So, all it took was a couple high school cheerleaders to ruin a prayer ban

I wonder what the ACLU actually accomplished here.

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The important point is that school administrators no longer use the PA system to openly pray at a football game. What the fans choose to do is another matter. The cheerleader who started the prayer commented that they had been doing this pre-game prayer traditionally for over 80 years. So? It's still a violation of church and state separation and the fact that it has a long history remains irrelevant. Indoctrination rears it's ugly head once again.  

Is that more important than that some Christians now have an additional reason to see us as The Bad Guys?

The spokeswoman for the cheerleaders is: Asia Canada. I had to do a double check there. Same thing I once did when I saw a Tuesday North on my student list once :)

The alternative is to let them broadcast their prayer over the PA. I would rather appear as the Bad Guys than follow along in theistic traditions.

But it appears that this little "win" just turned it into a game for the other side. What is the next step once this tactic doesn't work? Bring in police to arrest anyone saying a prayer. I bet that the next time those who want to pray will bring in their own PA system.

I would think that a lot depends on how one interprets the word "permitting." Is it that wink-and-a-nod kind of permission or is it that they-didn't-send-in-the-National-Guard-to-stop-them-from-praying kind of permission?

It's a free society. We don't stop people from praying. In this case, I didn't think the school did anything other than allow a moment of silence, to be used as the public wanted. For prayer or for thinking about where to stop for a bite to eat after the game.

Yes, it's your choice what you do during the moment of silence, as long as you do it fucking SILENTLY!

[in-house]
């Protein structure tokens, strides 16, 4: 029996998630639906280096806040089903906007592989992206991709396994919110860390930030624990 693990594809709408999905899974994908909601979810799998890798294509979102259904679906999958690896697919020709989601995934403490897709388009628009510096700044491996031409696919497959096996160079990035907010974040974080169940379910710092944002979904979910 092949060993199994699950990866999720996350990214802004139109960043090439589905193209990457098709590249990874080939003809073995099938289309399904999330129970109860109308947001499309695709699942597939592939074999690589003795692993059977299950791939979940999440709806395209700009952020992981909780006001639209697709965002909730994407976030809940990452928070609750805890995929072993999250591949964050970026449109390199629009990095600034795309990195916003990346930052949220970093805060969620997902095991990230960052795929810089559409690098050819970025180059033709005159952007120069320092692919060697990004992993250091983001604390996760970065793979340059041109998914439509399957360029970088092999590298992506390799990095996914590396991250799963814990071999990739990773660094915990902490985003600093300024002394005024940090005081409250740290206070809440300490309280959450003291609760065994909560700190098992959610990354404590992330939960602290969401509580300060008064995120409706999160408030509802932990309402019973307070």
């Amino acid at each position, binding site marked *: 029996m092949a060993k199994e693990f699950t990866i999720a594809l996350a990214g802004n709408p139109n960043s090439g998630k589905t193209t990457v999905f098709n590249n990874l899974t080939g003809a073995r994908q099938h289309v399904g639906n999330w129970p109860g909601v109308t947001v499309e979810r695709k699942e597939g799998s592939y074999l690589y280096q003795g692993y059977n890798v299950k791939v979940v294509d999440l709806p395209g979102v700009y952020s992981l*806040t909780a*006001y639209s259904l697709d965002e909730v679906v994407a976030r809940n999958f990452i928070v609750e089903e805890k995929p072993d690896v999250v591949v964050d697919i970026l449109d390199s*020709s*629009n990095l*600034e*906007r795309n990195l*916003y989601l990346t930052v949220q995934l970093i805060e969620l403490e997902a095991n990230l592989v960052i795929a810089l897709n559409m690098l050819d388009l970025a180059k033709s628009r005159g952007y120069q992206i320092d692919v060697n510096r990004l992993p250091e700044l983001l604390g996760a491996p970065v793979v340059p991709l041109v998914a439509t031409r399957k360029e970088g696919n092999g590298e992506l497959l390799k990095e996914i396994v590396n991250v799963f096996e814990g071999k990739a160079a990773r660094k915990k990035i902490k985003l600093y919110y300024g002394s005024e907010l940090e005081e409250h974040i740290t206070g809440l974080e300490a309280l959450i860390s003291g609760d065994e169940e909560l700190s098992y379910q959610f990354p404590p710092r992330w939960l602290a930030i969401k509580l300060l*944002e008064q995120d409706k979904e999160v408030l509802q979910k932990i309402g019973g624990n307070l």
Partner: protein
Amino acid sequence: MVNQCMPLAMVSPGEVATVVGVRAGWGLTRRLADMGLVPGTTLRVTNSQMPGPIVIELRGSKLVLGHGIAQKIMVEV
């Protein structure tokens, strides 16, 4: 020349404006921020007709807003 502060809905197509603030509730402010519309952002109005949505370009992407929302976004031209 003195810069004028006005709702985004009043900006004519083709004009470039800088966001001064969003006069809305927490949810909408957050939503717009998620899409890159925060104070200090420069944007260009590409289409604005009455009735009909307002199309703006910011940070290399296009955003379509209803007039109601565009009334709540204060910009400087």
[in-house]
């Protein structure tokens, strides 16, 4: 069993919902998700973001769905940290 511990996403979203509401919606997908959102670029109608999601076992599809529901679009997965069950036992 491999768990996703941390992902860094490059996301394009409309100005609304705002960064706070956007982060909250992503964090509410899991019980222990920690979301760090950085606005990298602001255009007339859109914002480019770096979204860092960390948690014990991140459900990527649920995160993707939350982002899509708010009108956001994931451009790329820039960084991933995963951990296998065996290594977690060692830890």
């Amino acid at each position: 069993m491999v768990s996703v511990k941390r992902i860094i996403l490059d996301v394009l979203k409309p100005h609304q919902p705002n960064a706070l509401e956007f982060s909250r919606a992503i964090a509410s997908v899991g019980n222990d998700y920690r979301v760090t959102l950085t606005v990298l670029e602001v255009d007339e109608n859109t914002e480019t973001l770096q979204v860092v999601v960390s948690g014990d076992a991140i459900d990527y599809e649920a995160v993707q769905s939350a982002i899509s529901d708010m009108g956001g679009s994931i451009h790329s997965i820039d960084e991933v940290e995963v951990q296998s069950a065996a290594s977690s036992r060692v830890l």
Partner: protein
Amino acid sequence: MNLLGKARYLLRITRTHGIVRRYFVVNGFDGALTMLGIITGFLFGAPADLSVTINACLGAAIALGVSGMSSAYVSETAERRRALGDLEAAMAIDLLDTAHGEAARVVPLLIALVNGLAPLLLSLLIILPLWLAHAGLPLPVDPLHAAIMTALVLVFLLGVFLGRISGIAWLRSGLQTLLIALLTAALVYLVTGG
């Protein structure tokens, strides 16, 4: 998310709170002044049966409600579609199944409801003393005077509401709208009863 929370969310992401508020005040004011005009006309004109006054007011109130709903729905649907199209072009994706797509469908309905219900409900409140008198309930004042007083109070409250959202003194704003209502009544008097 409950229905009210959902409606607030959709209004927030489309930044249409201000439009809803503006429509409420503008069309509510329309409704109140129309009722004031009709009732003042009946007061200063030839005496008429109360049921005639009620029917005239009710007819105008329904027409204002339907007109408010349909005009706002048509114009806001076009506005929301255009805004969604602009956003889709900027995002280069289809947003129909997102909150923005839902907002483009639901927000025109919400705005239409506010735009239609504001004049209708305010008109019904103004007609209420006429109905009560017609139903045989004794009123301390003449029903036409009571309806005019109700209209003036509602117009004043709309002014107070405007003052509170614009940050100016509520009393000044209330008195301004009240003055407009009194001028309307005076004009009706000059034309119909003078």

I remind myself that she is a fetus whose sum total knowledge of the world was learned at her parent's dinner table.

It's not mandated by the organization, and what fans decide to do is their own business.  Supplicating themselves to their super-powered imaginary friends singly or in groups, silently or aloud, doesn't matter a bit to me.  They are free to do their thing, and others are free to do their things.

I see them the same as I would a group of people in horned helmets asking Thor for victory; they should be able to indulge their superstition as long as they don't expect others to take them seriously or join in.

I agree everybody is free to do their thing, but the moment of silence is a compromise, a neutral ground, a cease-fire if you will, a way all sides can do their things while showing respect to others by not infringing on them doing their things.

They fired on a white flag.

The best counter I can think of is to find the loudest and most obnoxious ritual and perform it while they pray, then call foul when they attempt to shut it down.

Something slow can be just as penetrating as loud. If a group of students spread out over the gym floor and very slowly prostrated themselves to Allah knocking their head gently against the ground ... I'm sure there would be horrified faces in the audience. Then ... (practiced in advance but seemingly spontaneous) a few students go up to them and curiously copy what they are doing. By the end of the moment of silence it appears the school had a few muslims and some new converts. And they will repeat this at the next moment of silence.

There would be no more moment of silence. Guaranteed.

Not too far from me in Knoxville, TN.  I really have to wonder if peer pressure was why they all took part.  Sad.


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